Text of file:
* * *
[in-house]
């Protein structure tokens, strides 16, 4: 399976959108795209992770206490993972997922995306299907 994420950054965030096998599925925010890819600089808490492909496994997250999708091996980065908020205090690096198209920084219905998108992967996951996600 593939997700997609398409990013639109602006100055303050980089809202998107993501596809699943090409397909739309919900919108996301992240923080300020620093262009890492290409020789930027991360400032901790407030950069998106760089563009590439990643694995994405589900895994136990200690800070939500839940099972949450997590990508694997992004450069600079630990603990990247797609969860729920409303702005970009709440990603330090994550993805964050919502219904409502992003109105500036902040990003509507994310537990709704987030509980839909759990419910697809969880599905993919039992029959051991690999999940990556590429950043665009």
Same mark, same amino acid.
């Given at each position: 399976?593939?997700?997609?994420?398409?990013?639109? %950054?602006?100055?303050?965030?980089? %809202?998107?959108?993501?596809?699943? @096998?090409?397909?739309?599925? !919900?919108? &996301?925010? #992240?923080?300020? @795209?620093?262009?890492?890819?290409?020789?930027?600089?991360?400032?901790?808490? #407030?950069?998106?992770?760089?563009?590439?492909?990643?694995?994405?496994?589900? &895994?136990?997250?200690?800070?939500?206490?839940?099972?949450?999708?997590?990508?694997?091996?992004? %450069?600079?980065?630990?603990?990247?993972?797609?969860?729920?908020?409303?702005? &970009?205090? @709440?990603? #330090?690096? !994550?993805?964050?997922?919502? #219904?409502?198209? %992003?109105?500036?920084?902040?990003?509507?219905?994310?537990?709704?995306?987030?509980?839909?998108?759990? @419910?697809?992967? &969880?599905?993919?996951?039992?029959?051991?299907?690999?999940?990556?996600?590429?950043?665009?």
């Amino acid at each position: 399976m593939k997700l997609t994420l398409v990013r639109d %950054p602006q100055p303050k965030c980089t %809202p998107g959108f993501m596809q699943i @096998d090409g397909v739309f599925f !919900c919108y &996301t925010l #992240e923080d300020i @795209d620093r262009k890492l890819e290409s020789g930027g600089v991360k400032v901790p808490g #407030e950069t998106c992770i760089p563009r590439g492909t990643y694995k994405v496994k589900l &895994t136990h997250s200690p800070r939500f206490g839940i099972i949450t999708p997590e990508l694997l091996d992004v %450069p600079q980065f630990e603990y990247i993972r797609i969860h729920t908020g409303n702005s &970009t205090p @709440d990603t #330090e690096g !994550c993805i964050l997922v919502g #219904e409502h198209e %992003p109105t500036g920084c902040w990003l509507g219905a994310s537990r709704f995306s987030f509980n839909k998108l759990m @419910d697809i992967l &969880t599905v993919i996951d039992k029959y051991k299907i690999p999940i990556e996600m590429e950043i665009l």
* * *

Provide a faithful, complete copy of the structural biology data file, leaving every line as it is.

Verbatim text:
[in-house]
């Protein structure tokens, strides 16, 4: 399976959108795209992770206490993972997922995306299907 994420950054965030096998599925925010890819600089808490492909496994997250999708091996980065908020205090690096198209920084219905998108992967996951996600 593939997700997609398409990013639109602006100055303050980089809202998107993501596809699943090409397909739309919900919108996301992240923080300020620093262009890492290409020789930027991360400032901790407030950069998106760089563009590439990643694995994405589900895994136990200690800070939500839940099972949450997590990508694997992004450069600079630990603990990247797609969860729920409303702005970009709440990603330090994550993805964050919502219904409502992003109105500036902040990003509507994310537990709704987030509980839909759990419910697809969880599905993919039992029959051991690999999940990556590429950043665009």
Same mark, same amino acid.
């Given at each position: 399976?593939?997700?997609?994420?398409?990013?639109? %950054?602006?100055?303050?965030?980089? %809202?998107?959108?993501?596809?699943? @096998?090409?397909?739309?599925? !919900?919108? &996301?925010? #992240?923080?300020? @795209?620093?262009?890492?890819?290409?020789?930027?600089?991360?400032?901790?808490? #407030?950069?998106?992770?760089?563009?590439?492909?990643?694995?994405?496994?589900? &895994?136990?997250?200690?800070?939500?206490?839940?099972?949450?999708?997590?990508?694997?091996?992004? %450069?600079?980065?630990?603990?990247?993972?797609?969860?729920?908020?409303?702005? &970009?205090? @709440?990603? #330090?690096? !994550?993805?964050?997922?919502? #219904?409502?198209? %992003?109105?500036?920084?902040?990003?509507?219905?994310?537990?709704?995306?987030?509980?839909?998108?759990? @419910?697809?992967? &969880?599905?993919?996951?039992?029959?051991?299907?690999?999940?990556?996600?590429?950043?665009?």
């Amino acid at each position: 399976m593939k997700l997609t994420l398409v990013r639109d %950054p602006q100055p303050k965030c980089t %809202p998107g959108f993501m596809q699943i @096998d090409g397909v739309f599925f !919900c919108y &996301t925010l #992240e923080d300020i @795209d620093r262009k890492l890819e290409s020789g930027g600089v991360k400032v901790p808490g #407030e950069t998106c992770i760089p563009r590439g492909t990643y694995k994405v496994k589900l &895994t136990h997250s200690p800070r939500f206490g839940i099972i949450t999708p997590e990508l694997l091996d992004v %450069p600079q980065f630990e603990y990247i993972r797609i969860h729920t908020g409303n702005s &970009t205090p @709440d990603t #330090e690096g !994550c993805i964050l997922v919502g #219904e409502h198209e %992003p109105t500036g920084c902040w990003l509507g219905a994310s537990r709704f995306s987030f509980n839909k998108l759990m @419910d697809i992967l &969880t599905v993919i996951d039992k029959y051991k299907i690999p999940i990556e996600m590429e950043i665009l």